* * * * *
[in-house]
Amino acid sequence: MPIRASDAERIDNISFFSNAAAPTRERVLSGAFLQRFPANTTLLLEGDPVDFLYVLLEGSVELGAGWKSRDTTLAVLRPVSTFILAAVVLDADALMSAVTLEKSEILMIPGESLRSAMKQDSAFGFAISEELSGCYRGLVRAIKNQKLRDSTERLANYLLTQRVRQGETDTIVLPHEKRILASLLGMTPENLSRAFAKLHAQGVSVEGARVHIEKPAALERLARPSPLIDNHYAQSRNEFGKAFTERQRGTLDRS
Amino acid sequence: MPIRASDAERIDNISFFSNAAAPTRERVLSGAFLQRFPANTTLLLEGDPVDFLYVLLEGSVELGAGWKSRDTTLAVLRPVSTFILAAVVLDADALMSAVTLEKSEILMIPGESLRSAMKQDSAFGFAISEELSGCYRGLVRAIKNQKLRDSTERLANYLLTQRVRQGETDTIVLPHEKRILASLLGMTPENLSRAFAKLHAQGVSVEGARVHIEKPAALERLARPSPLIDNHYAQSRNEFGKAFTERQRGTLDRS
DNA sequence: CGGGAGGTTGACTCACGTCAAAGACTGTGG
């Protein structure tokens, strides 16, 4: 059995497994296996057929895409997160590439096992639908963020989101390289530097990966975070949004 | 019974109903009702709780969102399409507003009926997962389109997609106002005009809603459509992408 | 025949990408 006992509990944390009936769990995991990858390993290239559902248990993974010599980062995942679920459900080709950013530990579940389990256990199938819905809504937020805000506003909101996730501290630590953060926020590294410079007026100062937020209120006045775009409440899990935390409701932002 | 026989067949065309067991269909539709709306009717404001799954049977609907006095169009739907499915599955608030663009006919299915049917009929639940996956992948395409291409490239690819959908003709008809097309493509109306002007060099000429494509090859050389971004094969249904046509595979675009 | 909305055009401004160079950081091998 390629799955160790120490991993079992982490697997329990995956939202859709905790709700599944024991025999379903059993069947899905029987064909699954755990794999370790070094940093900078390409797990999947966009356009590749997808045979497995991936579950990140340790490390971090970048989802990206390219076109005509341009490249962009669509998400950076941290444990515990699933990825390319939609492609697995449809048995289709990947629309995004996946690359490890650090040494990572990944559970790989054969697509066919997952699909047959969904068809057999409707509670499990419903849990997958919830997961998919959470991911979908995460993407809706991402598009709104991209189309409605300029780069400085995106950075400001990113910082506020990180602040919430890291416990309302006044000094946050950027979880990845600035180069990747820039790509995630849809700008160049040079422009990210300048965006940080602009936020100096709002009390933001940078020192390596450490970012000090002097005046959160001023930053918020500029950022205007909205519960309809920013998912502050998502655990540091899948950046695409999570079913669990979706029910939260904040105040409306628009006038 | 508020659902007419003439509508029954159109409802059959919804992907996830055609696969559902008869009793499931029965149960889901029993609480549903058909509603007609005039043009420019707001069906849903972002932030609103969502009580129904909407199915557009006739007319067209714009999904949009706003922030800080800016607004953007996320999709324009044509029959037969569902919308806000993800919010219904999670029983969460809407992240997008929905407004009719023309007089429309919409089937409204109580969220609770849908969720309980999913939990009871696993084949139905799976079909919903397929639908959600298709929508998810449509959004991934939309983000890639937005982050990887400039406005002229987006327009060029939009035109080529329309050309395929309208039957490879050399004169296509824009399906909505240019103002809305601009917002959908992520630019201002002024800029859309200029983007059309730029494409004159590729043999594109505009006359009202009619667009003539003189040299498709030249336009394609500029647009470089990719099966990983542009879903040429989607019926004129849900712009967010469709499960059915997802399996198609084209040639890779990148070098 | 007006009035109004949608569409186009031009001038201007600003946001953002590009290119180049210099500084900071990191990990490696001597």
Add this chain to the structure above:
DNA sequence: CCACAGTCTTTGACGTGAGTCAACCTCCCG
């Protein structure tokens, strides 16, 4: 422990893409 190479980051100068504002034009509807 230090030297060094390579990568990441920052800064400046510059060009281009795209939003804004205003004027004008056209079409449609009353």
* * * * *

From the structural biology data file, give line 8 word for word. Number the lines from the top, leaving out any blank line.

């Protein structure tokens, strides 16, 4: 422990893409 190479980051100068504002034009509807 230090030297060094390579990568990441920052800064400046510059060009281009795209939003804004205003004027004008056209079409449609009353």